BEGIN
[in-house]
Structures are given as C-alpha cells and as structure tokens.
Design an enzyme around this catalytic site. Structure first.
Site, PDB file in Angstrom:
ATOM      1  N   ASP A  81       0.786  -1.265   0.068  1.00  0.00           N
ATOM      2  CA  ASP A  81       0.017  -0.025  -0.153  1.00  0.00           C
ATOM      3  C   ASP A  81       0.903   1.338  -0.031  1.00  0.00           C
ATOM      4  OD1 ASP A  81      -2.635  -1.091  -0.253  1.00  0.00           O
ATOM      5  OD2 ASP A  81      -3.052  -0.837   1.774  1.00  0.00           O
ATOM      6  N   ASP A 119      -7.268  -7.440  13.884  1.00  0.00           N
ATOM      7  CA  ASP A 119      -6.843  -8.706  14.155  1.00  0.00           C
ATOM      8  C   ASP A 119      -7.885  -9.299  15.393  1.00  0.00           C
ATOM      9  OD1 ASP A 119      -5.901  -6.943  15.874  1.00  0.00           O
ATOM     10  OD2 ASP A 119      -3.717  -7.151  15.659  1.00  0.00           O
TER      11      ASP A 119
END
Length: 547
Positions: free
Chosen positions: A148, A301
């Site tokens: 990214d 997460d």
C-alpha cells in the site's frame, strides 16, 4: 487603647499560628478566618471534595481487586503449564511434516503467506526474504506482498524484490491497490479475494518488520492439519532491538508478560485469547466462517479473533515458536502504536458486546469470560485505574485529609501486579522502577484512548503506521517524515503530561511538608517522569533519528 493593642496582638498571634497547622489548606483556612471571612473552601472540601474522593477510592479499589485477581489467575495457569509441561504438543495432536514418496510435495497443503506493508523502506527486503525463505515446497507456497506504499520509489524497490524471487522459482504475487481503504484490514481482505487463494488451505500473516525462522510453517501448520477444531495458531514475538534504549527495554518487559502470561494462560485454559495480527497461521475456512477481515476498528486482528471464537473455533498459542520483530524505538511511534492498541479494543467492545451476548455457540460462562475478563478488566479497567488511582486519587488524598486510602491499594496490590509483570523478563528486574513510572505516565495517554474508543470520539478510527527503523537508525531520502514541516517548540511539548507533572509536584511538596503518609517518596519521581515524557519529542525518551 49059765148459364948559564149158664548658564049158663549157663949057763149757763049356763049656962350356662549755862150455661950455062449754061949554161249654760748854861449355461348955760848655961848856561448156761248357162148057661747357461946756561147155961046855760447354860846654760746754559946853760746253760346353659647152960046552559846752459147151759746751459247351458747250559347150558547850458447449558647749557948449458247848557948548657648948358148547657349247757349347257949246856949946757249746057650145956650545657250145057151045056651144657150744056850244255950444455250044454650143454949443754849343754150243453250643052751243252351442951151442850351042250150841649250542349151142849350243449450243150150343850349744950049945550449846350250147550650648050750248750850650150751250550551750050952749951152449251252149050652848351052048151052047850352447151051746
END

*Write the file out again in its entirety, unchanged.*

[in-house]
Structures are given as C-alpha cells and as structure tokens.
Design an enzyme around this catalytic site. Structure first.
Site, PDB file in Angstrom:
ATOM      1  N   ASP A  81       0.786  -1.265   0.068  1.00  0.00           N
ATOM      2  CA  ASP A  81       0.017  -0.025  -0.153  1.00  0.00           C
ATOM      3  C   ASP A  81       0.903   1.338  -0.031  1.00  0.00           C
ATOM      4  OD1 ASP A  81      -2.635  -1.091  -0.253  1.00  0.00           O
ATOM      5  OD2 ASP A  81      -3.052  -0.837   1.774  1.00  0.00           O
ATOM      6  N   ASP A 119      -7.268  -7.440  13.884  1.00  0.00           N
ATOM      7  CA  ASP A 119      -6.843  -8.706  14.155  1.00  0.00           C
ATOM      8  C   ASP A 119      -7.885  -9.299  15.393  1.00  0.00           C
ATOM      9  OD1 ASP A 119      -5.901  -6.943  15.874  1.00  0.00           O
ATOM     10  OD2 ASP A 119      -3.717  -7.151  15.659  1.00  0.00           O
TER      11      ASP A 119
END
Length: 547
Positions: free
Chosen positions: A148, A301
């Site tokens: 990214d 997460d």
C-alpha cells in the site's frame, strides 16, 4: 487603647499560628478566618471534595481487586503449564511434516503467506526474504506482498524484490491497490479475494518488520492439519532491538508478560485469547466462517479473533515458536502504536458486546469470560485505574485529609501486579522502577484512548503506521517524515503530561511538608517522569533519528 493593642496582638498571634497547622489548606483556612471571612473552601472540601474522593477510592479499589485477581489467575495457569509441561504438543495432536514418496510435495497443503506493508523502506527486503525463505515446497507456497506504499520509489524497490524471487522459482504475487481503504484490514481482505487463494488451505500473516525462522510453517501448520477444531495458531514475538534504549527495554518487559502470561494462560485454559495480527497461521475456512477481515476498528486482528471464537473455533498459542520483530524505538511511534492498541479494543467492545451476548455457540460462562475478563478488566479497567488511582486519587488524598486510602491499594496490590509483570523478563528486574513510572505516565495517554474508543470520539478510527527503523537508525531520502514541516517548540511539548507533572509536584511538596503518609517518596519521581515524557519529542525518551 49059765148459364948559564149158664548658564049158663549157663949057763149757763049356763049656962350356662549755862150455661950455062449754061949554161249654760748854861449355461348955760848655961848856561448156761248357162148057661747357461946756561147155961046855760447354860846654760746754559946853760746253760346353659647152960046552559846752459147151759746751459247351458747250559347150558547850458447449558647749557948449458247848557948548657648948358148547657349247757349347257949246856949946757249746057650145956650545657250145057151045056651144657150744056850244255950444455250044454650143454949443754849343754150243453250643052751243252351442951151442850351042250150841649250542349151142849350243449450243150150343850349744950049945550449846350250147550650648050750248750850650150751250550551750050952749951152449251252149050652848351052048151052047850352447151051746